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Creators/Authors contains: "Guin, Ujjwal"

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  1. Free, publicly-accessible full text available June 6, 2023
  2. Free, publicly-accessible full text available April 25, 2023
  3. Free, publicly-accessible full text available April 1, 2023
  4. Purpose In the buyer-supplier relationship of a high-technology enterprise, the concepts of trust and risk are closely intertwined. Entering into a buyer-supplier relationship inherently involves a degree of risk, since there is always an opportunity for one of the parties to act opportunistically. Purchasing and supply managers play an important role in reducing the firm's risk profile, and must make decisions about whether or not to enter into, or remain in, a relationship with a supplier based on a subjective assessment of trust and risk. Design/methodology/approach In this paper, the authors seek to explore how trust in the buyer-supplier relationship can be quantitatively modeled in the presence of risk. The authors develop a model of trust between a buyer and supplier as a risk-based decision, in which a buyer decides to place trust in a supplier, who may either act cooperatively or opportunistically. The authors use a case study of intellectual property (IP) piracy in the electronics industry to illustrate the conceptual discussion and model development. Findings The authors produce a generalizable model that can be used to aid in decision-making and risk analysis for potential supply-chain partnerships, and is both a theoretical and practical innovation. However, the model canmore »benefit a variety of high-technology enterprises. Originality/value While the topic of trust is widely discussed, few studies have attempted to derive a quantitative model to support trust-based decision making. This paper advanced the field of supply chain management by developing a model which relates risk and trust in the buyer-supplier relationship.« less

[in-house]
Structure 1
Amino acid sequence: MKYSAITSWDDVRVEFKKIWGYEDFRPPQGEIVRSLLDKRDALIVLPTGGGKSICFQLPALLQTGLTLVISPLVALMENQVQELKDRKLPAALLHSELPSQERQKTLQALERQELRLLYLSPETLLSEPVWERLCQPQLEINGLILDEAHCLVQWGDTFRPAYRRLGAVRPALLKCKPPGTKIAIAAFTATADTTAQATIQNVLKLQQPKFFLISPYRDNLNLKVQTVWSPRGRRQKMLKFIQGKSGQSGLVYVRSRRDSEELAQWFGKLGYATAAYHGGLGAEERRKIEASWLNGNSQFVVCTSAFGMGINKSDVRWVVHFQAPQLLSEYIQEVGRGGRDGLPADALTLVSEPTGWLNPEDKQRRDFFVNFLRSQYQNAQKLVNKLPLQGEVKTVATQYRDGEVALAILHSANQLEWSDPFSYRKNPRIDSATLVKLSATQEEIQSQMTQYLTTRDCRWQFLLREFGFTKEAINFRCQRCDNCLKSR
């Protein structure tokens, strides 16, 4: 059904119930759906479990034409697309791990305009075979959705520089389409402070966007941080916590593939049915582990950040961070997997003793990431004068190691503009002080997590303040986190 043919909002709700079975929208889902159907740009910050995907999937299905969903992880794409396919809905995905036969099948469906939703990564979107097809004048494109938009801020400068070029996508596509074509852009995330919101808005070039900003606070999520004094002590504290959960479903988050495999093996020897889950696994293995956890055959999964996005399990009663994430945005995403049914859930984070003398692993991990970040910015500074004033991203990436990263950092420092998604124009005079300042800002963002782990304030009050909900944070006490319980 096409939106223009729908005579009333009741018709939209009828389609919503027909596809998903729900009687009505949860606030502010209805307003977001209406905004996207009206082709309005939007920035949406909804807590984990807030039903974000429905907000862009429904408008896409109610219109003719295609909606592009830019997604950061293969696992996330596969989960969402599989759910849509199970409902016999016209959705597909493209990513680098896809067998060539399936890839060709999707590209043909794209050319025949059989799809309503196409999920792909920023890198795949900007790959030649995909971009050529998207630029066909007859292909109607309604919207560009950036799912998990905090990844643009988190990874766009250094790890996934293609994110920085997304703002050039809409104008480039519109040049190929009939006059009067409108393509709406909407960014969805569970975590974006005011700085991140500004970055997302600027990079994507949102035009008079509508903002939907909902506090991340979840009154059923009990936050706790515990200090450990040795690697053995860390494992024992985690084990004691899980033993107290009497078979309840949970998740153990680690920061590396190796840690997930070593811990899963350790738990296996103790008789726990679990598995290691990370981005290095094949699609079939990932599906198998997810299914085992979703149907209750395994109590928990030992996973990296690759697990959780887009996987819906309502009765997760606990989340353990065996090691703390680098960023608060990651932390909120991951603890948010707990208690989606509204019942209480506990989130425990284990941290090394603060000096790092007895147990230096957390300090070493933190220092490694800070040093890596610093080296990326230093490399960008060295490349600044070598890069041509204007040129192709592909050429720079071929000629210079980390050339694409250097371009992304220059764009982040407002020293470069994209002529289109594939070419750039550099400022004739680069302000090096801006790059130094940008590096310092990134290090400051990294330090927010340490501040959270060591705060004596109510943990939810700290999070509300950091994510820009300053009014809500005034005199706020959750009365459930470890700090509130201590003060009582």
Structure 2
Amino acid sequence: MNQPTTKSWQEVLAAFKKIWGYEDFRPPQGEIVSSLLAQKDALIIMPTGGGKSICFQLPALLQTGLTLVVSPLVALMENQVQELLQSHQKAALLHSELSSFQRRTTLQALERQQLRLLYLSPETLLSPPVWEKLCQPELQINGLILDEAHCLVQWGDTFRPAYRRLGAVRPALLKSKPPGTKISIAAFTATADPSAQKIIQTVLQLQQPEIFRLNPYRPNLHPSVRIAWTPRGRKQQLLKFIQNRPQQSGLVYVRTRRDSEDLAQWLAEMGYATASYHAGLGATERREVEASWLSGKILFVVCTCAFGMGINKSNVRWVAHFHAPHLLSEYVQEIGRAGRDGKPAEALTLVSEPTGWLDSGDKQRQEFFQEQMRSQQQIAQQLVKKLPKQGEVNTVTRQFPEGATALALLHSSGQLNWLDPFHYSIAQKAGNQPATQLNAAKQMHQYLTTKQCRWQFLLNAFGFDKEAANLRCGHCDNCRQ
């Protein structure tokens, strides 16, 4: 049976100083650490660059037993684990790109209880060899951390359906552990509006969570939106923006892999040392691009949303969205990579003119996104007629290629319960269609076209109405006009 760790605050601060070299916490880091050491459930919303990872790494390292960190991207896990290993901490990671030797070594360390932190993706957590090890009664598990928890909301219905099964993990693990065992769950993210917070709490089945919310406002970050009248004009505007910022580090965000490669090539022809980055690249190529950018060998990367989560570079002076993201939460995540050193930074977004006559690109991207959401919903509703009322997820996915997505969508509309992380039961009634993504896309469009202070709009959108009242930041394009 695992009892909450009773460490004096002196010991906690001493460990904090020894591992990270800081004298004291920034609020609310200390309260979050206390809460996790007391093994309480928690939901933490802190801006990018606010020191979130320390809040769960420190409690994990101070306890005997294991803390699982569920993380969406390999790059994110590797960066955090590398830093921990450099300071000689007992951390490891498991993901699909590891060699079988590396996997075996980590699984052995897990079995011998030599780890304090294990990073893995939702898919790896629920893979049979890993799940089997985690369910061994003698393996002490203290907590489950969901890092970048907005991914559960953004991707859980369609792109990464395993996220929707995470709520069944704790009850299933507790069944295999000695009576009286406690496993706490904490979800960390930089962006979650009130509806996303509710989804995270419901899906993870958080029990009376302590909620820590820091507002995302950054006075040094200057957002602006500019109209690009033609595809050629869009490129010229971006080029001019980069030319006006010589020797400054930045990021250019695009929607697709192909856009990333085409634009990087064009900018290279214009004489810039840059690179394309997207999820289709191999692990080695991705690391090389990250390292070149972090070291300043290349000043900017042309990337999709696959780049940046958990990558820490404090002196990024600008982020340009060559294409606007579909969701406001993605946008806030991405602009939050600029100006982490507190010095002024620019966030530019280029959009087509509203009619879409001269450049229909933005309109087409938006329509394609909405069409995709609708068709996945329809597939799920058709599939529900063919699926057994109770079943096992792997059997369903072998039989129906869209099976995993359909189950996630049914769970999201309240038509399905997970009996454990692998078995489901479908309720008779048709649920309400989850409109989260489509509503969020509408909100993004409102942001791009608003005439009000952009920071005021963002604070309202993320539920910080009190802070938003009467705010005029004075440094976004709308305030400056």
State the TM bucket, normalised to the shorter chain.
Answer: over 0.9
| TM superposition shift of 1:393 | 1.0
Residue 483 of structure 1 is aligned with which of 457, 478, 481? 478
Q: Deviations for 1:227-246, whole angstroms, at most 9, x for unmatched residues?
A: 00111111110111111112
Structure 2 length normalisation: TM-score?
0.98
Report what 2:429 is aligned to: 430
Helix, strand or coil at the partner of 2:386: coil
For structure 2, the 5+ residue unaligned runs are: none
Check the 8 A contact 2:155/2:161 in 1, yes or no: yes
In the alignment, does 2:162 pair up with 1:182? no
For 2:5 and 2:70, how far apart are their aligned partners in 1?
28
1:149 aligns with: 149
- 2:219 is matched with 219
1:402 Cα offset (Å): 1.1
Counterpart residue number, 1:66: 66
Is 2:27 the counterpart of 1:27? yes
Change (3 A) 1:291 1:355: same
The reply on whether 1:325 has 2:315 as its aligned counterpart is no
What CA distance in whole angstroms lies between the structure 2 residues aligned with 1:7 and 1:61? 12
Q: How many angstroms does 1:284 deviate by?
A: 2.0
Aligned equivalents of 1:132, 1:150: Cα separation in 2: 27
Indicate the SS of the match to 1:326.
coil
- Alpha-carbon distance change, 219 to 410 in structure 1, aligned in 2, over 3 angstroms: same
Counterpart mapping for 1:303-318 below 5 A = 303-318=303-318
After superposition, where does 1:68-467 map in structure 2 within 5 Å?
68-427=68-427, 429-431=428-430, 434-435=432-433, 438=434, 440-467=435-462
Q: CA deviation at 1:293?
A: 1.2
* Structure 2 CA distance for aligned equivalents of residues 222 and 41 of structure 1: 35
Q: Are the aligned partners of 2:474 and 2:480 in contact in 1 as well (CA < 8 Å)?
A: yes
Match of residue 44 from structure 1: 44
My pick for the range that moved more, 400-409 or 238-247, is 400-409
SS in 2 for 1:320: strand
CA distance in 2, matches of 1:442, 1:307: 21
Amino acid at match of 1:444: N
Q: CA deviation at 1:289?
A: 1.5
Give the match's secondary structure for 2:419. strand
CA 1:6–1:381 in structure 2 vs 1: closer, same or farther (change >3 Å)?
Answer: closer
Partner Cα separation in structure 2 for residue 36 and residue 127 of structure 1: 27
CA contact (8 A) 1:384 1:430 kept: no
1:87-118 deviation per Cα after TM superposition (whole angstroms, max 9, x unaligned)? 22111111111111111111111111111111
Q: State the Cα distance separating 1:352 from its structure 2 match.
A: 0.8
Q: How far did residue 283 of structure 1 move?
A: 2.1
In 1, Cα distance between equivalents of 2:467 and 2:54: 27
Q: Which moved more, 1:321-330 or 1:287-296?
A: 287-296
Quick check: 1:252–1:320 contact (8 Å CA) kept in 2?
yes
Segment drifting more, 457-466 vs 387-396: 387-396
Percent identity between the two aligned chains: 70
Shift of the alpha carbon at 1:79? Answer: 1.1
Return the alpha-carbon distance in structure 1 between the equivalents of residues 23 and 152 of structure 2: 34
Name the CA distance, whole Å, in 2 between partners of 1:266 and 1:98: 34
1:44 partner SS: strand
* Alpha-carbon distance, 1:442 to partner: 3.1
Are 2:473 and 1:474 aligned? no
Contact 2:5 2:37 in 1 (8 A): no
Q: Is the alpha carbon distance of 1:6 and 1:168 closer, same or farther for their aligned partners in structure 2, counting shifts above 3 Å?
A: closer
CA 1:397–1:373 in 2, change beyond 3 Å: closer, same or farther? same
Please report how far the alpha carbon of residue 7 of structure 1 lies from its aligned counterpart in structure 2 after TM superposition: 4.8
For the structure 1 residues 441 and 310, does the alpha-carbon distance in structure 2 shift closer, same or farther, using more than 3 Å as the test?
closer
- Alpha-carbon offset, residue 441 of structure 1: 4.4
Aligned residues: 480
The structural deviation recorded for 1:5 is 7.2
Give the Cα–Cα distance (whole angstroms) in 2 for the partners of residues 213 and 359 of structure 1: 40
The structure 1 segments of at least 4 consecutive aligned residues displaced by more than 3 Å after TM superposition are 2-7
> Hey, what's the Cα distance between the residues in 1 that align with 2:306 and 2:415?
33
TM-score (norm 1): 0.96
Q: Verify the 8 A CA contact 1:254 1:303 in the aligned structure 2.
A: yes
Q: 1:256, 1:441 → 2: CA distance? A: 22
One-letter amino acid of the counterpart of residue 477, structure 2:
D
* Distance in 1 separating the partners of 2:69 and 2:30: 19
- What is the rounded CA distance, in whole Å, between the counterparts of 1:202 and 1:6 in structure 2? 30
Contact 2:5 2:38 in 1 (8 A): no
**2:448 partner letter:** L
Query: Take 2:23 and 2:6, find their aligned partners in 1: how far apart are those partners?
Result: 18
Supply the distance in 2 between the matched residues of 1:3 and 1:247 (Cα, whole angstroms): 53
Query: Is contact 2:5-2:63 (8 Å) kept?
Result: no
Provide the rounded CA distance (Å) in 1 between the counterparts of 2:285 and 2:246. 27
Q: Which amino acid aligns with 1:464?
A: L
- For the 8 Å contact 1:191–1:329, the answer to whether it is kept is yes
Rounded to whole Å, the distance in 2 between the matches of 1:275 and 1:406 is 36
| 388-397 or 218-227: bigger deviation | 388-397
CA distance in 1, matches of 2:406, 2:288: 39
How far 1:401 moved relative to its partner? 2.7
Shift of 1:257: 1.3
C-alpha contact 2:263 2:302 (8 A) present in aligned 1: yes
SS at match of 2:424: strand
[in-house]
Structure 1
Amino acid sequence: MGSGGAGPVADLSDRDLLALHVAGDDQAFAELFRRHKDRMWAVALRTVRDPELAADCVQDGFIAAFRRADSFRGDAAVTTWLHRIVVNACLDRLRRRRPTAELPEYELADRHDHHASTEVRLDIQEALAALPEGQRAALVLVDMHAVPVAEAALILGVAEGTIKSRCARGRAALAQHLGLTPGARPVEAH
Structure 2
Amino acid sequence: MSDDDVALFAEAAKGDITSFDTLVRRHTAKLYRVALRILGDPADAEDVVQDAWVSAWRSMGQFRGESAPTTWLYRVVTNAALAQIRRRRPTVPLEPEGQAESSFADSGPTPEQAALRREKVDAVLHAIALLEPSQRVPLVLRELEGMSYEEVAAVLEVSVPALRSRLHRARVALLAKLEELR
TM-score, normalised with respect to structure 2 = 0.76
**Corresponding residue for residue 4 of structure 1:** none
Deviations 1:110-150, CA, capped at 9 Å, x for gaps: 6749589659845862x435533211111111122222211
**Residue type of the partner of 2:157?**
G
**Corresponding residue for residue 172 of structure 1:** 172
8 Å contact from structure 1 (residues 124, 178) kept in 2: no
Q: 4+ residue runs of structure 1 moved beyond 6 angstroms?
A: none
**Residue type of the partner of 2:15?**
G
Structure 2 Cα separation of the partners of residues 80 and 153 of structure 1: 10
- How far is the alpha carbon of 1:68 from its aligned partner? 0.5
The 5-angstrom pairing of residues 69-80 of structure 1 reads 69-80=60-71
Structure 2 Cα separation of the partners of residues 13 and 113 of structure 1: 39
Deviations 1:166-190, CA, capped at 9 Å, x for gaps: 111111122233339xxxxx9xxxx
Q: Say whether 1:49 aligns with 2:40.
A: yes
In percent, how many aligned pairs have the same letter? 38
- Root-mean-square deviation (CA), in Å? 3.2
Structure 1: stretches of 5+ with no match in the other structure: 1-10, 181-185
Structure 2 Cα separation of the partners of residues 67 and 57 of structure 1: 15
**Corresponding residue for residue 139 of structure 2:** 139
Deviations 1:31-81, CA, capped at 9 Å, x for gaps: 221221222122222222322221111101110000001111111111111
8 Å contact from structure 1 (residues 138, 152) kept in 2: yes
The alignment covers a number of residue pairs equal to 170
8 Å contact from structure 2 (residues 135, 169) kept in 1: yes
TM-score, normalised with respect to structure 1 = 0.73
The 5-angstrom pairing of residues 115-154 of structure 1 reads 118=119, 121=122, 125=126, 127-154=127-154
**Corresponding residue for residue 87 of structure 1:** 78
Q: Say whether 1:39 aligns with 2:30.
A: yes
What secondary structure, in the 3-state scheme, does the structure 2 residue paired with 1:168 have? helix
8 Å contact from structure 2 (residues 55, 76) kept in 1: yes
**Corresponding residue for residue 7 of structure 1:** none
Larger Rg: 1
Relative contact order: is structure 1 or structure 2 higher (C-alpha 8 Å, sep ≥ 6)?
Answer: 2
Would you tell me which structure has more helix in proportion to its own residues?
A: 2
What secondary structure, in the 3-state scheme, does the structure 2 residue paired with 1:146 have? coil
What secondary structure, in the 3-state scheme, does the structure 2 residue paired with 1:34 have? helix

5. Due to the globalization of semiconductor manufacturing and test processes, the system-on-a-chip (SoC) designers no longer design the complete SoC and manufacture chips on their own. This outsourcing of the design and manufacturing of Integrated Circuits (ICs) has resulted in several threats, such as overproduction of ICs, sale of out-of-specification/rejected ICs, and piracy of Intellectual Properties (IPs). Logic locking has emerged as a promising defense strategy against these threats. However, various attacks about the extraction of secret keys have undermined the security of logic locking techniques. Over the years, researchers have proposed different techniques to prevent existing attacks. In this article, we propose a novel attack that can break any logic locking techniques that rely on the stored secret key. This proposed TAAL attack is based on implanting a hardware Trojan in the netlist, which leaks the secret key to an adversary once activated. As an untrusted foundry can extract the netlist of a design from the layout/mask information, it is feasible to implement such a hardware Trojan. All three proposed types of TAAL attacks can be used for extracting secret keys. We have introduced the models for both the combinational and sequential hardware Trojans that evade manufacturing tests. Anmore »adversary only needs to choose one hardware Trojan out of a large set of all possible Trojans to launch the TAAL attack.« less